You can always judge a man by his shoes, or so the old adage goes. And the same goes for woman, as shown in an exhibition in Winchester which promises to reveal the use and role of all sorts of footwear through the ages – and what it conveyed about the wearer’s status. Co-curator Tara McKinney Marinus says: “It’s a story of our social history, rather than footwear as fashion.”
Nearly 60 pairs of shoes and boots, slip-ons and clogs, plus some unusual one-off items, will be on display, most made in Britain over the past millennium.
The oldest item is a 1,000-year- old “skate” shoe from the late Anglo-Saxon period. The most recent is a 2022 Converse high-top trainer inspired by 1920s basketball player Chuck Taylor before being sported by stars from James Dean to Kurt Cobain. The skate shoe, which would have been attached to a leather cloth wrapped around the foot, was perfect for gliding over frozen rivers and ponds in the 11th century, or for walking through snow. Archaeologists have recently proved that the skate part of the shoe was made from the bone of a sheep.
Shoes: Inside Out, which opens on 24 November at the Arc arts centre in Winchester city centre, tells many fascinating human stories, such as that of a child’s shoe found at a house on the Hampshire/Surrey border. During renovation works, the shoe was discovered in the chimney stack, having been placed there in the late 17th century to ward off spirits that might cause harm to the family. As it happens, the very earliest example in Britain of a shoe used as protection against evil comes from Winchester. Dating from the start of the 14th century, it was placed behind the choir stalls in Winchester Cathedral, and is still held by the church.
Perhaps the most poignant item from Hampshire Cultural Trust’s treasure trove of 2,000 pieces of footwear is a pair of child’s clogs from the mid 19th century. The insides are stamped with the phrase: “Loaned, not to be pawned”. The clogs had been given under the Poor Relief Act, first passed by Elizabeth I’s government in 1601 and reformed two centuries later for children entering a Victorian workhouse.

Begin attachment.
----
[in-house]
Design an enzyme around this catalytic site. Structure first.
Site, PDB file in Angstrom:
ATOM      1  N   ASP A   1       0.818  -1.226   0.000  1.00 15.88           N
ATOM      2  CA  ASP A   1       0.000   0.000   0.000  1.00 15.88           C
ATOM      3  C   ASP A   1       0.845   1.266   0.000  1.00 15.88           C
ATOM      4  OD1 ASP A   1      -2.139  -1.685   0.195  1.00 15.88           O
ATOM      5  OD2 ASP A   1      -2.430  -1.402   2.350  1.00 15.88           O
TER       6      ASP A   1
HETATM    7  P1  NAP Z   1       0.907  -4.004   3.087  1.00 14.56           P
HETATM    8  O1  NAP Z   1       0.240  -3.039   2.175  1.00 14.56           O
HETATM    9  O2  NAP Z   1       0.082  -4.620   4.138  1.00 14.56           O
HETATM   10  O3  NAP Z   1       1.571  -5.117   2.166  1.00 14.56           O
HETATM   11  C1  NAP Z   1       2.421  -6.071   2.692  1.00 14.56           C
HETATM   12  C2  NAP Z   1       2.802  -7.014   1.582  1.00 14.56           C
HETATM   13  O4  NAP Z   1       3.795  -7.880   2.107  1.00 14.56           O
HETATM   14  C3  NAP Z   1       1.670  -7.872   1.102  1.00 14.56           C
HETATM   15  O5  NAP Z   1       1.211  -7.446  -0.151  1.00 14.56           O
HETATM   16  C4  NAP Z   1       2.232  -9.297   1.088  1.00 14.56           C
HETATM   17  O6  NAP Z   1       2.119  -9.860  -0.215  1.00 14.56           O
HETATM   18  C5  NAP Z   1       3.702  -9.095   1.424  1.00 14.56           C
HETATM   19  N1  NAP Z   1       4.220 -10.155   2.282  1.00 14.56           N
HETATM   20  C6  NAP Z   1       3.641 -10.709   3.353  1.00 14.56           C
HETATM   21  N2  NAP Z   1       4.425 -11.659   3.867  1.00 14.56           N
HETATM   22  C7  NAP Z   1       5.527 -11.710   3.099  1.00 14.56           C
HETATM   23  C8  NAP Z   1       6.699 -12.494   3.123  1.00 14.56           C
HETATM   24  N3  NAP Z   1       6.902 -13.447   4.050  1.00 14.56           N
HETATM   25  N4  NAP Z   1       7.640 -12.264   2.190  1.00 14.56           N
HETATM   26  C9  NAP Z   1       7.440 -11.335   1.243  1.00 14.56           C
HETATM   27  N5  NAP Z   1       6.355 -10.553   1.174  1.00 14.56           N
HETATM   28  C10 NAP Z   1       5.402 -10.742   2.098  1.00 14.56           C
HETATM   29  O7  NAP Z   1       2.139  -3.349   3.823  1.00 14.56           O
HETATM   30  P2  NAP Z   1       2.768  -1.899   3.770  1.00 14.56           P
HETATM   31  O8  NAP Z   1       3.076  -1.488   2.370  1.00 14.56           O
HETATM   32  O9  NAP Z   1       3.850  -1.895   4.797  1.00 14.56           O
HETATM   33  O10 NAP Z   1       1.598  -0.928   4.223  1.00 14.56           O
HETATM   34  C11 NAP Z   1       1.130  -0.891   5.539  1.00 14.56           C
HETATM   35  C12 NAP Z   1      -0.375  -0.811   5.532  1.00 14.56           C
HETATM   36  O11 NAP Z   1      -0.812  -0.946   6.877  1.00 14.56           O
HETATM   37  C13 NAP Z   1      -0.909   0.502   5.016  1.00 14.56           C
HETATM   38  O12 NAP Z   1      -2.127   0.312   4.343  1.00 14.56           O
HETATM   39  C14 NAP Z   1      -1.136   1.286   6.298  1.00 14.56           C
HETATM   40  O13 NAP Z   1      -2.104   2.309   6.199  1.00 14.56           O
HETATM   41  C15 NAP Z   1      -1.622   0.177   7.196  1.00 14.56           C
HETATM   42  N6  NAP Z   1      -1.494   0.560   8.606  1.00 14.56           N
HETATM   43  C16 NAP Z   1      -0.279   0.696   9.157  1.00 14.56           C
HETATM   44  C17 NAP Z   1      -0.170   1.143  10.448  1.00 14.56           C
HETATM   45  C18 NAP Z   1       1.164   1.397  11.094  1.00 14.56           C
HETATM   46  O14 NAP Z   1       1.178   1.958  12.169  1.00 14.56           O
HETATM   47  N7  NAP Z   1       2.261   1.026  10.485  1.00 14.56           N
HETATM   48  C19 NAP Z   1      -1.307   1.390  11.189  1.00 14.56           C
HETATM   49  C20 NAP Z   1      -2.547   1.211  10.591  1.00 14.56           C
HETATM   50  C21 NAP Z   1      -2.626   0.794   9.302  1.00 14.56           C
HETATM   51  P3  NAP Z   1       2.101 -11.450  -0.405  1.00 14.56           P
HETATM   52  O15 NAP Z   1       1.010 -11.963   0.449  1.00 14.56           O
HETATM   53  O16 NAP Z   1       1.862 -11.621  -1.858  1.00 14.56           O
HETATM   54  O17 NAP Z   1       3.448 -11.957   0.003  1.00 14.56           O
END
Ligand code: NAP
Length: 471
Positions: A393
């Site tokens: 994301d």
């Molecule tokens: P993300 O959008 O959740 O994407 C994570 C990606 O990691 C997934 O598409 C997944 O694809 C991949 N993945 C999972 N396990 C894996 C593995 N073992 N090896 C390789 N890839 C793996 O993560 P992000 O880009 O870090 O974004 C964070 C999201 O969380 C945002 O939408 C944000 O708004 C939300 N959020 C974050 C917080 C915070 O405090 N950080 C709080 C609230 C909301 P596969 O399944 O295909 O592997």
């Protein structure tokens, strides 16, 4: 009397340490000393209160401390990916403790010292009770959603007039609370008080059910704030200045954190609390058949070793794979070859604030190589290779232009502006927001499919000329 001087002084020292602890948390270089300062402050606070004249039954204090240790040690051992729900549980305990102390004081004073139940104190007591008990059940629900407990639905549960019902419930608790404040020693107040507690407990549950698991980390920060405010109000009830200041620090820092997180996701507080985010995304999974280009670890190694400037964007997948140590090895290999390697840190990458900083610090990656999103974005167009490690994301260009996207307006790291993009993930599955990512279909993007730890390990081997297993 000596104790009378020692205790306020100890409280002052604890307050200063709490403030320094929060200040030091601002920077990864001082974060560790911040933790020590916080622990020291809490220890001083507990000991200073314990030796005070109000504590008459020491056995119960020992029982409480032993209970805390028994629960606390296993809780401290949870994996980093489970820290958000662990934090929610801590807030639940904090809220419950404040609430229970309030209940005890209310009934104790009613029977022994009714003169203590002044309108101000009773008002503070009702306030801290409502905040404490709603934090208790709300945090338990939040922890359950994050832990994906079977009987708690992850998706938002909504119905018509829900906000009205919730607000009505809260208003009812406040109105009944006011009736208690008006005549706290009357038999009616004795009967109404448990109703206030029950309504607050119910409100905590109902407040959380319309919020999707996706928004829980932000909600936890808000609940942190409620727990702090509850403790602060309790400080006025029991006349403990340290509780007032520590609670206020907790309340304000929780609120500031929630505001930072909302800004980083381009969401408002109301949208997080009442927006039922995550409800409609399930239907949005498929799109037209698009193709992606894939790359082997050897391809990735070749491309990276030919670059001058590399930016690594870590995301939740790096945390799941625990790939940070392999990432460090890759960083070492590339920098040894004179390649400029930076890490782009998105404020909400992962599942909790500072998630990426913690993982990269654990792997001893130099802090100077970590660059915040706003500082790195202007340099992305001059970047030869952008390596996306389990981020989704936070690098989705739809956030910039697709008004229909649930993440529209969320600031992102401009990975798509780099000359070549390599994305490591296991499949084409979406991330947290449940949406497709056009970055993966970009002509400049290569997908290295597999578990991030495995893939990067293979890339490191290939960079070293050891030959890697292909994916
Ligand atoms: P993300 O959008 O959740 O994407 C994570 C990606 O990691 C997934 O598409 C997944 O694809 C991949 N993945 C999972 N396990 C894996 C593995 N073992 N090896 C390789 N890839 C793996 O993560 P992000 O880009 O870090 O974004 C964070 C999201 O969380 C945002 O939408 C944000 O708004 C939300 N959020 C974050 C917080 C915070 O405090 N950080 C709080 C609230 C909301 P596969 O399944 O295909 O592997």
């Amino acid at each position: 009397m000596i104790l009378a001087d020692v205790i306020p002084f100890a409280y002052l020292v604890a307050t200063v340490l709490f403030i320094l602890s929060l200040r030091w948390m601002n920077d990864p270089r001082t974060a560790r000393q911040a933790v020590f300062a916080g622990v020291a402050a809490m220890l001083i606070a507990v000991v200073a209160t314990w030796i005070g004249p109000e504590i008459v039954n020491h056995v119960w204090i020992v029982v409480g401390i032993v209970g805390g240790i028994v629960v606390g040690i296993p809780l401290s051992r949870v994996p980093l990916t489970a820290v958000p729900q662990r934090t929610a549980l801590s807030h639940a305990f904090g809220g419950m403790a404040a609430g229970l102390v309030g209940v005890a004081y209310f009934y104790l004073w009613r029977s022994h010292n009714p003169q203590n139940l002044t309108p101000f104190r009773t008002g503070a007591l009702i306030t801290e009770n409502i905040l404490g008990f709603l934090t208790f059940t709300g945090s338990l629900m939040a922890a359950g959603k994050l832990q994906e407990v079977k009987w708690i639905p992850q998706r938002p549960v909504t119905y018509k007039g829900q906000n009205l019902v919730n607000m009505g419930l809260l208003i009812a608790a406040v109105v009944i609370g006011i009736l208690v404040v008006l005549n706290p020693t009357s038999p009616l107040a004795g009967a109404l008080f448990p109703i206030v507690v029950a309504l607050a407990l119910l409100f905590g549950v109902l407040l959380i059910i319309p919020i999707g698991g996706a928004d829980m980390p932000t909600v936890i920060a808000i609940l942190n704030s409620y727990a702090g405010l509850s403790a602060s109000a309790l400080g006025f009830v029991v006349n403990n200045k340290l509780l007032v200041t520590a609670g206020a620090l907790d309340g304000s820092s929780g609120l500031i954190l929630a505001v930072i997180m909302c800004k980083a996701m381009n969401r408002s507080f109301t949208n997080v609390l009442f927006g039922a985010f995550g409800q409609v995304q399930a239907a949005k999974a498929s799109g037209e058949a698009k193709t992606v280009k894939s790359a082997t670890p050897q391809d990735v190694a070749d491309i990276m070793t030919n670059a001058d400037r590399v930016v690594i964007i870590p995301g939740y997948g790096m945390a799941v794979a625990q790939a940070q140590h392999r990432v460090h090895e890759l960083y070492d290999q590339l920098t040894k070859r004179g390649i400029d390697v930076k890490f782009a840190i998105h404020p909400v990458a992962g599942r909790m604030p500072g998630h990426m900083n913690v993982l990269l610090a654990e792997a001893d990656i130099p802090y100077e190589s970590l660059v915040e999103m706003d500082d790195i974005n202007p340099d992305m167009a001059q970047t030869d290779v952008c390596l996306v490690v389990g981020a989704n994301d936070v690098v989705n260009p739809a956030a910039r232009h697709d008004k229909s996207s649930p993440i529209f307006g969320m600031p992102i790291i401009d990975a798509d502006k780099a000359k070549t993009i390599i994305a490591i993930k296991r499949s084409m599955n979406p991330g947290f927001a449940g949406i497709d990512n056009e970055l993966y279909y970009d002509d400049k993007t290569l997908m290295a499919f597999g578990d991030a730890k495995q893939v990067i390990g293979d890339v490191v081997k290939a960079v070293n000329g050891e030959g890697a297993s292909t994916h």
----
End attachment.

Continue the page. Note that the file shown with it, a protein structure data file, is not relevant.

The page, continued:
People have worn shoes for millennia, and shoemaking has long been a common profession. One quirk of the trade was the production of straight shoes, which fitted either foot, without the usual slight curve to the left or right of a pair. A cost-saving practice for wearer and shoemaker, it was in use until the 19th century.
The exhibition also tells the history of high heels, which originated in Assyria (modern western Asia) around 700BC, when heeled riding boots coincided with the invention of the stirrup. This enabled male soldiers to sit more firmly in the saddle while holding heavier weapons. Elizabeth I often wore high-heeled riding boots to emphasise her “masculinity”. She may have worn them at Tilbury for her pre-Armada speech: “I know I have the body but of a weak and feeble woman; but I have the heart and stomach of a king.”
The oldest high heels in the exhibition date from the early 18th century and are three inches tall. “The women who wore them then were rich and were taken from place to place in carriages, so they hardly had to walk in them,” says McKinney Marinus. “Their heels showed class status and wealth.”
For hundreds of years, high heels have been a statement of power. The show includes a pair of Victorian pearl-buttoned boots, worn to titillate and dominate, as well as far more recent pairs by Manolo Blahnik and Christian Louboutin, made famous by Carrie Bradshaw in Sex and the City.
But the story is not always straightforward. “Conformity to gender stereotypes is sometimes blurred,” says co-curator Claire Isbester. Take cowboy boots: initially a working boot made of leather for riding horses, they were taken up by both men and, even more, for women as everyday wear.
Footwear can also change its purpose quite rapidly. Doc Martens originated at the end of the second world war, when a German army doctor, Klaus Märtens, came up with the idea of a leather boot with an air-cushioned sole to protect his broken foot. Within a few years, they had become popular with elderly female gardening enthusiasts. In 1959, they were taken up by a British footwear company, Griggs, near Northampton, which tweaked the design to create Doc Martens, or DMs.
Mod icon Pete Townshend of the Who boosted sales by being photographed in a pair in 1967. However, in the Mod revival two decades later, the DM was a favoured item for their punk rocker rivals. In the exhibition, a red leather 2020 pair symbolise both androgyny and rebelliousness.
“Footwear tells you more about a person than their clothes,” says McKinney Marinus. Boots may indeed be “made for walkin’”, but their history tells us so much more.